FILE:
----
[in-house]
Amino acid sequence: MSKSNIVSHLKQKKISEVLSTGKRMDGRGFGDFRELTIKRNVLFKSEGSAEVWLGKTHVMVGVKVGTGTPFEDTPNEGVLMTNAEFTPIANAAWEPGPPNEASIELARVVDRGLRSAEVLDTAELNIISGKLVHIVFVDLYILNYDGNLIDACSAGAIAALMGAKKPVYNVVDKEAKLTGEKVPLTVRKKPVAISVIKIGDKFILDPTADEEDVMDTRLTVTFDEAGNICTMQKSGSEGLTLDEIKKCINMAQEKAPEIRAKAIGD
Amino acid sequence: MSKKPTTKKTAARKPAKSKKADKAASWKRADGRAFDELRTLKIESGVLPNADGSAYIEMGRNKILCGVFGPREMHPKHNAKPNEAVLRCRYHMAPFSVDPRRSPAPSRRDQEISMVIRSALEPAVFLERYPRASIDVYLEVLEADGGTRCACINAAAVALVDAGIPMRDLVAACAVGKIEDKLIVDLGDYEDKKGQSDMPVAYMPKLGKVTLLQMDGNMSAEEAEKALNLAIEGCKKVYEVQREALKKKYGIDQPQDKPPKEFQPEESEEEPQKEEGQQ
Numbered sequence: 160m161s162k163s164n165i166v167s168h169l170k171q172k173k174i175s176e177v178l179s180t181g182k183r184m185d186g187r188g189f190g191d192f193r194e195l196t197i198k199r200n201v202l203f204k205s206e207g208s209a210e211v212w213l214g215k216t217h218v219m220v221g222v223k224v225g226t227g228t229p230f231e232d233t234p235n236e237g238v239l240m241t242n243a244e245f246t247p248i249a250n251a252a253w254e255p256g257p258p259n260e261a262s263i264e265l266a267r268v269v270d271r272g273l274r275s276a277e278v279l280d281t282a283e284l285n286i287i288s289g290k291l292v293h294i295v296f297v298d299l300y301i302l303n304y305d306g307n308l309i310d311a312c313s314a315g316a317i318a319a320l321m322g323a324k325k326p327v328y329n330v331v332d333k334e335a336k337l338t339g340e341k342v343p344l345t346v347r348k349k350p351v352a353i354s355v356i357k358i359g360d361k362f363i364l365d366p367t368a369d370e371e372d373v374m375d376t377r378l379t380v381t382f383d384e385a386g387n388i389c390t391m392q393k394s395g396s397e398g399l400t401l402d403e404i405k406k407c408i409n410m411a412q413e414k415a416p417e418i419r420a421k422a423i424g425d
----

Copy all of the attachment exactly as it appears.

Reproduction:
[in-house]
Amino acid sequence: MSKSNIVSHLKQKKISEVLSTGKRMDGRGFGDFRELTIKRNVLFKSEGSAEVWLGKTHVMVGVKVGTGTPFEDTPNEGVLMTNAEFTPIANAAWEPGPPNEASIELARVVDRGLRSAEVLDTAELNIISGKLVHIVFVDLYILNYDGNLIDACSAGAIAALMGAKKPVYNVVDKEAKLTGEKVPLTVRKKPVAISVIKIGDKFILDPTADEEDVMDTRLTVTFDEAGNICTMQKSGSEGLTLDEIKKCINMAQEKAPEIRAKAIGD
Amino acid sequence: MSKKPTTKKTAARKPAKSKKADKAASWKRADGRAFDELRTLKIESGVLPNADGSAYIEMGRNKILCGVFGPREMHPKHNAKPNEAVLRCRYHMAPFSVDPRRSPAPSRRDQEISMVIRSALEPAVFLERYPRASIDVYLEVLEADGGTRCACINAAAVALVDAGIPMRDLVAACAVGKIEDKLIVDLGDYEDKKGQSDMPVAYMPKLGKVTLLQMDGNMSAEEAEKALNLAIEGCKKVYEVQREALKKKYGIDQPQDKPPKEFQPEESEEEPQKEEGQQ
Numbered sequence: 160m161s162k163s164n165i166v167s168h169l170k171q172k173k174i175s176e177v178l179s180t181g182k183r184m185d186g187r188g189f190g191d192f193r194e195l196t197i198k199r200n201v202l203f204k205s206e207g208s209a210e211v212w213l214g215k216t217h218v219m220v221g222v223k224v225g226t227g228t229p230f231e232d233t234p235n236e237g238v239l240m241t242n243a244e245f246t247p248i249a250n251a252a253w254e255p256g257p258p259n260e261a262s263i264e265l266a267r268v269v270d271r272g273l274r275s276a277e278v279l280d281t282a283e284l285n286i287i288s289g290k291l292v293h294i295v296f297v298d299l300y301i302l303n304y305d306g307n308l309i310d311a312c313s314a315g316a317i318a319a320l321m322g323a324k325k326p327v328y329n330v331v332d333k334e335a336k337l338t339g340e341k342v343p344l345t346v347r348k349k350p351v352a353i354s355v356i357k358i359g360d361k362f363i364l365d366p367t368a369d370e371e372d373v374m375d376t377r378l379t380v381t382f383d384e385a386g387n388i389c390t391m392q393k394s395g396s397e398g399l400t401l402d403e404i405k406k407c408i409n410m411a412q413e414k415a416p417e418i419r420a421k422a423i424g425d